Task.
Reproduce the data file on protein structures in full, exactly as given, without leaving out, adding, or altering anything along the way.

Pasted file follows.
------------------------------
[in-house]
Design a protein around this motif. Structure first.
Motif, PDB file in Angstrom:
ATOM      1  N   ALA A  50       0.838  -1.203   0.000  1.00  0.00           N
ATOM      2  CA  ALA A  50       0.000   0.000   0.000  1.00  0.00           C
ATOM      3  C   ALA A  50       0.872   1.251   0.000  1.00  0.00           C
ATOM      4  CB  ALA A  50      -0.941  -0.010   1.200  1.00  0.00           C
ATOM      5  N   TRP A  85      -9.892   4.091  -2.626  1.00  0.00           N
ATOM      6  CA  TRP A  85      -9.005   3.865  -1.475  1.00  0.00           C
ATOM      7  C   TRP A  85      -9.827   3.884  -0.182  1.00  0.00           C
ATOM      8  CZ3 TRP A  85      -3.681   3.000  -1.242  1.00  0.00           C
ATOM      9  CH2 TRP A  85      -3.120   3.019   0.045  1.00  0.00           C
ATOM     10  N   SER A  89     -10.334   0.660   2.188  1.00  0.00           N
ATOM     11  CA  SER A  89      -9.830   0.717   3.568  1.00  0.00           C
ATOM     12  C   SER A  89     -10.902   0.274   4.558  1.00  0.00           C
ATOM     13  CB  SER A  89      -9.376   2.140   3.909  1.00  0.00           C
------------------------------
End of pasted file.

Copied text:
[in-house]
Design a protein around this motif. Structure first.
Motif, PDB file in Angstrom:
ATOM      1  N   ALA A  50       0.838  -1.203   0.000  1.00  0.00           N
ATOM      2  CA  ALA A  50       0.000   0.000   0.000  1.00  0.00           C
ATOM      3  C   ALA A  50       0.872   1.251   0.000  1.00  0.00           C
ATOM      4  CB  ALA A  50      -0.941  -0.010   1.200  1.00  0.00           C
ATOM      5  N   TRP A  85      -9.892   4.091  -2.626  1.00  0.00           N
ATOM      6  CA  TRP A  85      -9.005   3.865  -1.475  1.00  0.00           C
ATOM      7  C   TRP A  85      -9.827   3.884  -0.182  1.00  0.00           C
ATOM      8  CZ3 TRP A  85      -3.681   3.000  -1.242  1.00  0.00           C
ATOM      9  CH2 TRP A  85      -3.120   3.019   0.045  1.00  0.00           C
ATOM     10  N   SER A  89     -10.334   0.660   2.188  1.00  0.00           N
ATOM     11  CA  SER A  89      -9.830   0.717   3.568  1.00  0.00           C
ATOM     12  C   SER A  89     -10.902   0.274   4.558  1.00  0.00           C
ATOM     13  CB  SER A  89      -9.376   2.140   3.909  1.00  0.00           C